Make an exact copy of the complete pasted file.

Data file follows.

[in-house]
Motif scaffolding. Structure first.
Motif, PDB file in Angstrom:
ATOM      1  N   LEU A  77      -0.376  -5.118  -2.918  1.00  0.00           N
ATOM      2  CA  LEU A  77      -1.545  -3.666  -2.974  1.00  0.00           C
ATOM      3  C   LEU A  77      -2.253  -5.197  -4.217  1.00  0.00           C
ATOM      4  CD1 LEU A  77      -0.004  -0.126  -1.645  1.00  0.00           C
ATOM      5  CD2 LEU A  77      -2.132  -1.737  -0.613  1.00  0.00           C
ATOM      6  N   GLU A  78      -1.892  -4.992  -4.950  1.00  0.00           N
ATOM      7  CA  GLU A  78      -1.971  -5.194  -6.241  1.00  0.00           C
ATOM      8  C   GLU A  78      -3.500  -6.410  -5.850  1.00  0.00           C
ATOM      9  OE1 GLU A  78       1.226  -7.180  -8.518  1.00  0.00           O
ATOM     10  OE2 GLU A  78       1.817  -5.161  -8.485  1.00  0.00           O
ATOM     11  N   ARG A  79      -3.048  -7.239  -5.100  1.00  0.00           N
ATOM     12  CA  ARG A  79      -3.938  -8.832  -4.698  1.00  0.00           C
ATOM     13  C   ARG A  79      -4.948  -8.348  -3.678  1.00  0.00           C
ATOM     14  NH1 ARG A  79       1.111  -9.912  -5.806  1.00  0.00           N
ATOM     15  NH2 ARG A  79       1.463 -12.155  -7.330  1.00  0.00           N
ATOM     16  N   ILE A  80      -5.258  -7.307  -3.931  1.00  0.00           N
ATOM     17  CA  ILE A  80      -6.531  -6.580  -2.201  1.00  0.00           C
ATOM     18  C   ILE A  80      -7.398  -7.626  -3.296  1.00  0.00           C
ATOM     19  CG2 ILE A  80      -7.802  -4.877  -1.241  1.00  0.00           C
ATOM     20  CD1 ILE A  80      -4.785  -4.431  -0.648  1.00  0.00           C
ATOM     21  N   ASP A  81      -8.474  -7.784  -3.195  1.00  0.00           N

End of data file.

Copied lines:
[in-house]
Motif scaffolding. Structure first.
Motif, PDB file in Angstrom:
ATOM      1  N   LEU A  77      -0.376  -5.118  -2.918  1.00  0.00           N
ATOM      2  CA  LEU A  77      -1.545  -3.666  -2.974  1.00  0.00           C
ATOM      3  C   LEU A  77      -2.253  -5.197  -4.217  1.00  0.00           C
ATOM      4  CD1 LEU A  77      -0.004  -0.126  -1.645  1.00  0.00           C
ATOM      5  CD2 LEU A  77      -2.132  -1.737  -0.613  1.00  0.00           C
ATOM      6  N   GLU A  78      -1.892  -4.992  -4.950  1.00  0.00           N
ATOM      7  CA  GLU A  78      -1.971  -5.194  -6.241  1.00  0.00           C
ATOM      8  C   GLU A  78      -3.500  -6.410  -5.850  1.00  0.00           C
ATOM      9  OE1 GLU A  78       1.226  -7.180  -8.518  1.00  0.00           O
ATOM     10  OE2 GLU A  78       1.817  -5.161  -8.485  1.00  0.00           O
ATOM     11  N   ARG A  79      -3.048  -7.239  -5.100  1.00  0.00           N
ATOM     12  CA  ARG A  79      -3.938  -8.832  -4.698  1.00  0.00           C
ATOM     13  C   ARG A  79      -4.948  -8.348  -3.678  1.00  0.00           C
ATOM     14  NH1 ARG A  79       1.111  -9.912  -5.806  1.00  0.00           N
ATOM     15  NH2 ARG A  79       1.463 -12.155  -7.330  1.00  0.00           N
ATOM     16  N   ILE A  80      -5.258  -7.307  -3.931  1.00  0.00           N
ATOM     17  CA  ILE A  80      -6.531  -6.580  -2.201  1.00  0.00           C
ATOM     18  C   ILE A  80      -7.398  -7.626  -3.296  1.00  0.00           C
ATOM     19  CG2 ILE A  80      -7.802  -4.877  -1.241  1.00  0.00           C
ATOM     20  CD1 ILE A  80      -4.785  -4.431  -0.648  1.00  0.00           C
ATOM     21  N   ASP A  81      -8.474  -7.784  -3.195  1.00  0.00           N